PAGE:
Strumelia
@strumelia
5 years ago
1,763 posts

Ken, that's a great list of tunes that can be played in Dorian mode, especially since they include some modern tunes too.

Just to round things out, here are a couple of my noter Blog posts that walk beginner's through the Dorian mode, with simple tuning diagram and an easy-level tab for Little Sadie:

http://dulcimer-noter-drone.blogspot.com/2009/11/golly-modes-arent-so-scary-after-all.html

http://dulcimer-noter-drone.blogspot.com/2009/04/little-sadie-in-dorian-mode.html




--
Site Owner

Those irritated by grain of sand best avoid beach.
-Strumelia proverb c.1990
Ken Hulme
@ken-hulme
5 years ago
1,460 posts

Lisa's playing of Aunt Rhody in Dorian Mode has brought up interest in one of my favorite Modes.

Dorian is a minor Mode with the 3rd and 7th notes of the scale flatted* and the 6th note of the scale sharped* -- when compared to the major Ionian Mode scale (mi-flat, la-sharp, ti-flat). Dorian is identical to the full minor Aeolian Mode except that the 6th note of the scale is sharped in Dorian but flatted in Aeolian.

Dorian is most commonly heard in Celtic music and early American folk songs derived from Irish melodies. Dorian mode sounds a little melancholy because the final note (re) doesn't quite resolve itself. The song may be over, but the singer is still unsettled.

The Dorian scale starts on the 4th fret and runs to the 11th. Traditionally it was tuned in D -- DAG, but a 1-5-7 tuning will give you Dorian mode in whatever key you choose -- CGF for example or GDC. To get to Dorian mode from Ionian, tune the melody string down -- DAA to DAG for example.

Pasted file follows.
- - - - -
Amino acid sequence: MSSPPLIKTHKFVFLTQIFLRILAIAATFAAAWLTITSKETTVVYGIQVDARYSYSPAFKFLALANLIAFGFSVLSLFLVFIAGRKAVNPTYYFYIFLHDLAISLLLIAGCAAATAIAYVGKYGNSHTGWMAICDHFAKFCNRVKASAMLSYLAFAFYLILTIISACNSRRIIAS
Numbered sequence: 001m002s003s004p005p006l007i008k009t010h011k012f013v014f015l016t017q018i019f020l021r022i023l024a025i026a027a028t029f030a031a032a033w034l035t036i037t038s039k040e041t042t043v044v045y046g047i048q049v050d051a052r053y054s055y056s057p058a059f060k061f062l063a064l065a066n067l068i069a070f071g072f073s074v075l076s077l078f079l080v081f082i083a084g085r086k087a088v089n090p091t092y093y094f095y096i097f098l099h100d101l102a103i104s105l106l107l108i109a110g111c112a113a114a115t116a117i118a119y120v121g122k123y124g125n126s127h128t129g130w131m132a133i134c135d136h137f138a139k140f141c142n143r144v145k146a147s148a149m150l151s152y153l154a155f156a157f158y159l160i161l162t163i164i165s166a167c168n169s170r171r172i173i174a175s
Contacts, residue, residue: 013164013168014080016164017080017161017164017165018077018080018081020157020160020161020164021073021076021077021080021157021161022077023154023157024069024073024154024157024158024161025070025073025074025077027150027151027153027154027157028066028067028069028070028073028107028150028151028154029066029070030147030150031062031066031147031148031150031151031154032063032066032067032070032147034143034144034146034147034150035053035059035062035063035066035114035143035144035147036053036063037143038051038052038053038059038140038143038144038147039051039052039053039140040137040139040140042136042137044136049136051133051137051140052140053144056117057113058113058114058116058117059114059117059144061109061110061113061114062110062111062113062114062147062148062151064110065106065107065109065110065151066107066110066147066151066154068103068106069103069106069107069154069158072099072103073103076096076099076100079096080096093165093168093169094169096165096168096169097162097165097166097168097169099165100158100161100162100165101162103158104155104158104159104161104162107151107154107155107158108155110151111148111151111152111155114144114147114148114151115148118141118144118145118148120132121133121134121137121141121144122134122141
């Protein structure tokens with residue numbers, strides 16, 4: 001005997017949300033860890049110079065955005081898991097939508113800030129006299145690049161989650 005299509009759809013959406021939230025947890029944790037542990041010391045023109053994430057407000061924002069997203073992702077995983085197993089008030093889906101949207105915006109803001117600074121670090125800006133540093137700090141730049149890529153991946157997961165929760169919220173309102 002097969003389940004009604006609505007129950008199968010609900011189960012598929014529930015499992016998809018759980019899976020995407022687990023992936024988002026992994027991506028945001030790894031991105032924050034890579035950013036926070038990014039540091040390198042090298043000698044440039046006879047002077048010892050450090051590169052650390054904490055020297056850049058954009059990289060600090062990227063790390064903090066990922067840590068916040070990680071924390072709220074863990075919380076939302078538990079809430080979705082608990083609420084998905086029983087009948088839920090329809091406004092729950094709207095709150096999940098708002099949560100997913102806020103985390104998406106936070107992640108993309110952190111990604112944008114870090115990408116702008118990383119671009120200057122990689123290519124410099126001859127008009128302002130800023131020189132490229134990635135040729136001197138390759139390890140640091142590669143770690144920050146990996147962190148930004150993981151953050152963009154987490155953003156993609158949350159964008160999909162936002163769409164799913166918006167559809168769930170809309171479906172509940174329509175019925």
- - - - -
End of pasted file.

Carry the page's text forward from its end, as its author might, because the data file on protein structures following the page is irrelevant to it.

Here's a list, in no particular order,of Dorian tunes that I've compiled over the years. Some of these can also be played in other Modes, and there are tunes like Aunt Rhody which can be given a new interpretation by being played in Dorian. Give it a try!

Clinch Mountain Backstep
What Do We Do With A Drunken Sailor
Star of Munster
Star of County Down
Shady Grove
Cluck Old Hen
In the Pines
Black is the Color of My True Loves Hair
Dear Companion
Little Sadie
Pretty Polly...
Over the River, Charlie
Wedding Dress a.k.a. Little Doney Gal
Bachelor's Hall
Nottamun Town
Over the River Charlie
Drowsey Maggie
Cindy, Cindy
Cripple Creek
Sovay
Swallowtail Jig
Hughie The Graeme
My Little Welsh Home
The Mist Covered Mountains of Home
Motherless Child
All The Pretty Little Horses
All Through the Night

Modern:
Scarborough Fair (Simon & Garfunkle)
Wreck of the Edmund Fitzgerald (Gordon Lightfoot)
City of New Orleans (Arlo Guthrie)
Night The Lights Went Out In Georgia (Vicki Lawrence/Bobby Russel)
Summertime (Gershwin)

Hymns:
Wondrous Love
Be Thou My Vision a.k.a Banks of the Bann

Rounds:
Hey Ho Nobody Home

Rock:
Moondance (Van Morrison)
Smoke on the Water (Deep Purple)
Light My Fire (The Doors)
Oye Como Va (Carlos Santana)
Eleanor Rigby (Beatles)
Along Comes Mary (Association)
Knockin' on Heaven's Door (Dylan)
This Diamond Ring (Gary Lewis & The Playboys)

** Note that flatted and sharped are not the same as flat and sharp. If the natural note is F# for example and it is flatted, it becomes an F. If F# is sharped it becomes a G.


updated by @ken-hulme: 06/11/15 07:29:43AM